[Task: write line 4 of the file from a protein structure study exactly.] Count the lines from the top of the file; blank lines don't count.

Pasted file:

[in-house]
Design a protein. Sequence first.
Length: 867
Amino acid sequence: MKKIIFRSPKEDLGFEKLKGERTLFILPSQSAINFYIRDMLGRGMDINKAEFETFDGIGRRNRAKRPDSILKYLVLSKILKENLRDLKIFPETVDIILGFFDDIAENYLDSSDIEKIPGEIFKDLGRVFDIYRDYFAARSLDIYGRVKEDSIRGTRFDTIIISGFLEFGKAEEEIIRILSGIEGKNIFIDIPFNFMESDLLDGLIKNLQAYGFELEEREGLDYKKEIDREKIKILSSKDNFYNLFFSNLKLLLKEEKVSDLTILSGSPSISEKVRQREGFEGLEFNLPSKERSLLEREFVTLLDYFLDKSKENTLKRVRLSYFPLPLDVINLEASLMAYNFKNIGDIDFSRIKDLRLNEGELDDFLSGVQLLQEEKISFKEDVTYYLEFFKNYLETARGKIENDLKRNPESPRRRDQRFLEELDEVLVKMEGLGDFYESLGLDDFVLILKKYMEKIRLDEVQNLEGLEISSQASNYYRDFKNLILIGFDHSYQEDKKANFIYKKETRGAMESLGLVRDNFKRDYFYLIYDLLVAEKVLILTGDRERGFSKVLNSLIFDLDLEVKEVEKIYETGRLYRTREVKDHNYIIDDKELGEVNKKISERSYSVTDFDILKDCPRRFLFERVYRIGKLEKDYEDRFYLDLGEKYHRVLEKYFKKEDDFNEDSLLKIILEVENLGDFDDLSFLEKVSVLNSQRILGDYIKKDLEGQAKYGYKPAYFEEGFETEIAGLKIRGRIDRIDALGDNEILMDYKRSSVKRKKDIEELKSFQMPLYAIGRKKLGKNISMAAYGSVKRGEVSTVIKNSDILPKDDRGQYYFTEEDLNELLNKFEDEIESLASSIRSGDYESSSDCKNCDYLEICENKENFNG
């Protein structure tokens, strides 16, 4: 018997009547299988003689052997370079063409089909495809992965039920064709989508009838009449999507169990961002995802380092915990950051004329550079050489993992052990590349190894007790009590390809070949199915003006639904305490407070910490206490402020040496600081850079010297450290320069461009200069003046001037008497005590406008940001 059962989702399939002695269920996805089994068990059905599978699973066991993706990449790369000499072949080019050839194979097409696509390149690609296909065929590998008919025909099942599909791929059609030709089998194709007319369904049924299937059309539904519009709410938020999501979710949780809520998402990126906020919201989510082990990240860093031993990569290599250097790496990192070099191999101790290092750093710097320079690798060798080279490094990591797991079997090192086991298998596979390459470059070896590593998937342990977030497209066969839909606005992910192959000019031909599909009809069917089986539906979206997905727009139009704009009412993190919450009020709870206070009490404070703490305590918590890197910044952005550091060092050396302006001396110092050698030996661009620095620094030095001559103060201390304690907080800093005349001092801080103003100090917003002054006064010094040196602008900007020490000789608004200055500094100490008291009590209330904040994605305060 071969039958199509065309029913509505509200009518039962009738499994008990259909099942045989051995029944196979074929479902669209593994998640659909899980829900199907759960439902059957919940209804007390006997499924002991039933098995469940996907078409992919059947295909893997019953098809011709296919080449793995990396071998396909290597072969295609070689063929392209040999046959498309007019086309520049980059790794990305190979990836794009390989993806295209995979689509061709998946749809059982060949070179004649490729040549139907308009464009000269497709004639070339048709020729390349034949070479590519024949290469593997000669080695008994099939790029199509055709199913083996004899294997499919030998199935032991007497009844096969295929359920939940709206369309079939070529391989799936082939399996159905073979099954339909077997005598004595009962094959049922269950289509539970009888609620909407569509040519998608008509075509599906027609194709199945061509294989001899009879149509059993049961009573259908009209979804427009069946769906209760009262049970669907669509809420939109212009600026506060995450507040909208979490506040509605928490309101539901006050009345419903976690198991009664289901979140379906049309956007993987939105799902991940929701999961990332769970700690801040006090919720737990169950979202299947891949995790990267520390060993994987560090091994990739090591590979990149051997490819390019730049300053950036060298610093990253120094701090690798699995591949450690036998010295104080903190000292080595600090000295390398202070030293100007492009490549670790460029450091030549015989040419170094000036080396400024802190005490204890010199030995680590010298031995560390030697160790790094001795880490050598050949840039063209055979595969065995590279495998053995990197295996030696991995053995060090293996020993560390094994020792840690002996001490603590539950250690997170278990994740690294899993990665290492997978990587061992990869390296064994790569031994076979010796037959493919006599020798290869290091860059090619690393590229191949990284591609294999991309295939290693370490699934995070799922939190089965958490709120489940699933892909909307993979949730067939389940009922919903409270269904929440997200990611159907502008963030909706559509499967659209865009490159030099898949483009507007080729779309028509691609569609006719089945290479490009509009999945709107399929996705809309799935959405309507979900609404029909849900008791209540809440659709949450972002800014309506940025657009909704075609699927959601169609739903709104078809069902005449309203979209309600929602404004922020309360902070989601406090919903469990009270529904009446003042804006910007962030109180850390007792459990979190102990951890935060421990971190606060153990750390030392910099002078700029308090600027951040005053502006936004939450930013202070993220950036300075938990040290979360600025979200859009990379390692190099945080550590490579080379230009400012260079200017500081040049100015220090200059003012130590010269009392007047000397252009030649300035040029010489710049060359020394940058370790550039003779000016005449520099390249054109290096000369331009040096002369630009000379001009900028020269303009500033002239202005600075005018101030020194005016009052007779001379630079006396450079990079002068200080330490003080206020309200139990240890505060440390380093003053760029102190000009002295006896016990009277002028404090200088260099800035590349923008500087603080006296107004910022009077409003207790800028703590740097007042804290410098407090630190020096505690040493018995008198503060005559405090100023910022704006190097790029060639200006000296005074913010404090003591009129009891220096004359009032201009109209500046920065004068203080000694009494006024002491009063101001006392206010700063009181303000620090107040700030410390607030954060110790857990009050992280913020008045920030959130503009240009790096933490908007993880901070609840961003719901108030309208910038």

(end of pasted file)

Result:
Amino acid sequence: MKKIIFRSPKEDLGFEKLKGERTLFILPSQSAINFYIRDMLGRGMDINKAEFETFDGIGRRNRAKRPDSILKYLVLSKILKENLRDLKIFPETVDIILGFFDDIAENYLDSSDIEKIPGEIFKDLGRVFDIYRDYFAARSLDIYGRVKEDSIRGTRFDTIIISGFLEFGKAEEEIIRILSGIEGKNIFIDIPFNFMESDLLDGLIKNLQAYGFELEEREGLDYKKEIDREKIKILSSKDNFYNLFFSNLKLLLKEEKVSDLTILSGSPSISEKVRQREGFEGLEFNLPSKERSLLEREFVTLLDYFLDKSKENTLKRVRLSYFPLPLDVINLEASLMAYNFKNIGDIDFSRIKDLRLNEGELDDFLSGVQLLQEEKISFKEDVTYYLEFFKNYLETARGKIENDLKRNPESPRRRDQRFLEELDEVLVKMEGLGDFYESLGLDDFVLILKKYMEKIRLDEVQNLEGLEISSQASNYYRDFKNLILIGFDHSYQEDKKANFIYKKETRGAMESLGLVRDNFKRDYFYLIYDLLVAEKVLILTGDRERGFSKVLNSLIFDLDLEVKEVEKIYETGRLYRTREVKDHNYIIDDKELGEVNKKISERSYSVTDFDILKDCPRRFLFERVYRIGKLEKDYEDRFYLDLGEKYHRVLEKYFKKEDDFNEDSLLKIILEVENLGDFDDLSFLEKVSVLNSQRILGDYIKKDLEGQAKYGYKPAYFEEGFETEIAGLKIRGRIDRIDALGDNEILMDYKRSSVKRKKDIEELKSFQMPLYAIGRKKLGKNISMAAYGSVKRGEVSTVIKNSDILPKDDRGQYYFTEEDLNELLNKFEDEIESLASSIRSGDYESSSDCKNCDYLEICENKENFNG